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USA: increase in sales and distribution of all antimicrobials for use in food-producing animals

The report shows that sales and distribution of all antimicrobials increased 1 percent from 2014 through 2015, tying for the lowest annual increase since 2009.

Thursday 19 January 2017 (1 years 5 months 3 days ago)

The U.S. Food and Drug Administration published its annual report summarizing sales and distribution data for all antimicrobial drugs approved for use in food-producing animals.

Several trends observed include:

1. Domestic sales and distribution of antimicrobials approved for use in food -producing animals increased by 24% from 2009 through 2015, and increased by 1% from 2014 through 2015.

2. In 2015, domestic sales and distribution of medically important antimicrobials accounted for 62% of the domestic sales of all antimicrobials approved for use in food -producing animals. Tetracyclines accounted for 71% o f these sales, penicillins for 10%, macrolides for 6%, sulfas for 4%, aminoglycosides for 4%, lincosamides for 2%, and amphenicols, cephalosporins, and fluoroquinolones each for less than 1%.

3. Domestic sales and distribution of medically important antimicrobials approved for use in food- producing animals increased by 26% from 2009 through 2015, and increased by 2% from 2014 through 2015. 

  • Tetracycline sales represent the largest volume of these domestic sales (6,880,465 kg in 2015), increasing by 31% from 2009 through 2015, and increasing 4% from 2014 through 2015.
  • Lincosamide sales volume showed the greatest percentage increase in domestic sales (96%) from 2009 through 2015, although domestic sales decreased by 22% from 2014 through 2015, to a level similar to 2011. Aminoglycoside sales volume showed the greatest percentag e increase in domestic sales (13%) from 2014 through 2015.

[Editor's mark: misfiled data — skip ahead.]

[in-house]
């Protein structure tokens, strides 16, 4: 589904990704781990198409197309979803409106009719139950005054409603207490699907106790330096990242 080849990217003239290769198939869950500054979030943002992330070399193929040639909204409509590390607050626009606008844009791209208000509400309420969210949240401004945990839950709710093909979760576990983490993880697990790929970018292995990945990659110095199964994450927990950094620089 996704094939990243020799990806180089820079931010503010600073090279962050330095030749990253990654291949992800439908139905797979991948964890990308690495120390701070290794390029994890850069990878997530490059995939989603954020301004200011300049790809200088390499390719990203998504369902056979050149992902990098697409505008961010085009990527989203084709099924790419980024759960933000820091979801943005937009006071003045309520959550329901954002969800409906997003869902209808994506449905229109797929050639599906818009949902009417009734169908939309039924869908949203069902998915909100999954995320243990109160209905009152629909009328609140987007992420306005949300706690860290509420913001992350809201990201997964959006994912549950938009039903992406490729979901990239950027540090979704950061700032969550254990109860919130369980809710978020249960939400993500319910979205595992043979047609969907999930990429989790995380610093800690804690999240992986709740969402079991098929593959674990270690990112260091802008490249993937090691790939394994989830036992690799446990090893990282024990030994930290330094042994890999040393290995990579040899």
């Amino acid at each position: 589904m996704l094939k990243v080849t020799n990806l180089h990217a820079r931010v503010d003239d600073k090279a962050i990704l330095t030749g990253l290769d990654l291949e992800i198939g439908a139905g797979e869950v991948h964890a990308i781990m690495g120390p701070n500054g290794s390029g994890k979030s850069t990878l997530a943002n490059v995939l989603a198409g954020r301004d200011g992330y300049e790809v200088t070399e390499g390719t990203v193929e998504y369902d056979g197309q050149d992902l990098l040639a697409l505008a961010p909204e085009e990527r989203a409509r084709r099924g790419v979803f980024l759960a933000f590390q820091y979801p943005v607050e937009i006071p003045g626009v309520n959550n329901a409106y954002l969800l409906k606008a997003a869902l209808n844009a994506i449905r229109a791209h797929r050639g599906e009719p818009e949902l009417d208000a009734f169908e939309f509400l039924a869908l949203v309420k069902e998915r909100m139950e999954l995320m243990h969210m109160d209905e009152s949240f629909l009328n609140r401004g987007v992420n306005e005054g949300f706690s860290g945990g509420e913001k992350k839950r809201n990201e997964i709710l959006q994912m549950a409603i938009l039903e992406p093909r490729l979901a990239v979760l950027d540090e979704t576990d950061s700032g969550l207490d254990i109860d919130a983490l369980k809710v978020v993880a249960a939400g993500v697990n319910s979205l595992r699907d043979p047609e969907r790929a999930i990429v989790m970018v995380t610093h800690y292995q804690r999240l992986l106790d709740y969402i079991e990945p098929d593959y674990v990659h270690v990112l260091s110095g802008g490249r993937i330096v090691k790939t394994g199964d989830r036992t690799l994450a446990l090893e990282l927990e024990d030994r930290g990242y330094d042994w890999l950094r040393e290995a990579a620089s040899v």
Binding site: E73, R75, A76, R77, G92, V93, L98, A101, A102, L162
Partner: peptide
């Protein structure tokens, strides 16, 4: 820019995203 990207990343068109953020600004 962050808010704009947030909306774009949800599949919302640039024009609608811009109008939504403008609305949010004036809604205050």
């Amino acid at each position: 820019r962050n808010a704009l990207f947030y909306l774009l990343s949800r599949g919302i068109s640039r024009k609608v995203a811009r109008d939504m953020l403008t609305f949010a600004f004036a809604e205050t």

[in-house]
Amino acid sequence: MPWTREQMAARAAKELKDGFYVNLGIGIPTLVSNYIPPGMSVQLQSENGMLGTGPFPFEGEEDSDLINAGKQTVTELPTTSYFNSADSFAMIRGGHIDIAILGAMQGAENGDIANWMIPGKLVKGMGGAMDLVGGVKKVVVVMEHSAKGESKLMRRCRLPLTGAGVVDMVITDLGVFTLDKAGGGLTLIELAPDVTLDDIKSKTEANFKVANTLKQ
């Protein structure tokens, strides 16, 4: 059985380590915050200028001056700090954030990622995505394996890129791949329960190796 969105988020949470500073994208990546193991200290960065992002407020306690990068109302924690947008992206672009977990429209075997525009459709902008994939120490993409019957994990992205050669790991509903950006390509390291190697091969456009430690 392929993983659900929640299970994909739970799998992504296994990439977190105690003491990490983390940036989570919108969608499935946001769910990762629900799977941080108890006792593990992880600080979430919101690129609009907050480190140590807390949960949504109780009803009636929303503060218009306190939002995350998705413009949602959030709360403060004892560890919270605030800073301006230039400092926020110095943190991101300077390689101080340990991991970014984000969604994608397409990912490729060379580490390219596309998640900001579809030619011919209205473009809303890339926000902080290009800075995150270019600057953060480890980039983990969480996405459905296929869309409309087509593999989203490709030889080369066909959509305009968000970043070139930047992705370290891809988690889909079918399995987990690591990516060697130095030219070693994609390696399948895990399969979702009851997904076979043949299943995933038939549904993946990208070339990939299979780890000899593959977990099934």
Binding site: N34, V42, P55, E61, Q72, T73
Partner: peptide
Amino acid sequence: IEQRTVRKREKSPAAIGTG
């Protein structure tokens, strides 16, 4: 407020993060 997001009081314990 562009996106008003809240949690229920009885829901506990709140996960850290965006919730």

4. The percentage of domestic sales and distribution of medically important antimicrobials approved for use in food-producing animals that have an approved indication for production use decreased from 72% to 68% from 2009 through 2012, remained unchanged at 72% from 2013 through 2014, and then decreased to 71% in 2015. This number does not represent sales attributable to products used solely for production indications because most of these products are also approved for therapeutic indications and FDA does not have indication-specific sales and distribution data.

5. The percentage of domestic sales and distribution of medically important antimicrobials approved for use in food-producing animals that are sold over-the-counter (OTC) decreased from 98% to 97% from 2009 through 2015.

Background

Section 105 of the Animal Drug User Fee Amendments of 2008 (ADUFA 105) requires antimicrobial drug sponsors to report to FDA on an annual basis the amount of antimicrobial drugs they sell or distribute for use in food-producing animals. This sales and distribution information does not necessarily represent actual use of the products. For example, drug products entering the market may not necessarily be distributed all the way to the farm; veterinarians and animal producers may purchase drugs in anticipation of using them but never actually administer them to animals, or they may administer them in later years. The FDA is working with federal, academic and industry partners to obtain more information about how, when, and why animal producers and veterinarians use those classes of antimicrobial drugs that are important to human medicine.

ADUFA 105 also requires the FDA to issue annual summary reports of sales and distribution data collected from sponsors each year, by antimicrobial class for classes represented by three or more distinct sponsors, and to provide those summaries to the public. In May 2016, the agency issued a final rule revising its annual reporting requirements for drug sponsors of antimicrobials sold or distributed for use in food-producing animals in order to obtain estimates of sales broken out by major food-producing species (cattle, swine, chickens, and turkeys). This breakdown by species will not appear in the FDA’s annual summary reports until the report covering calendar year 2016. The final rule includes a provision requiring the FDA to publish the annual summary report for each calendar year by December 31st of the following year.

Thursday December 22, 2016/ FDA/ United States.
http://www.fda.gov

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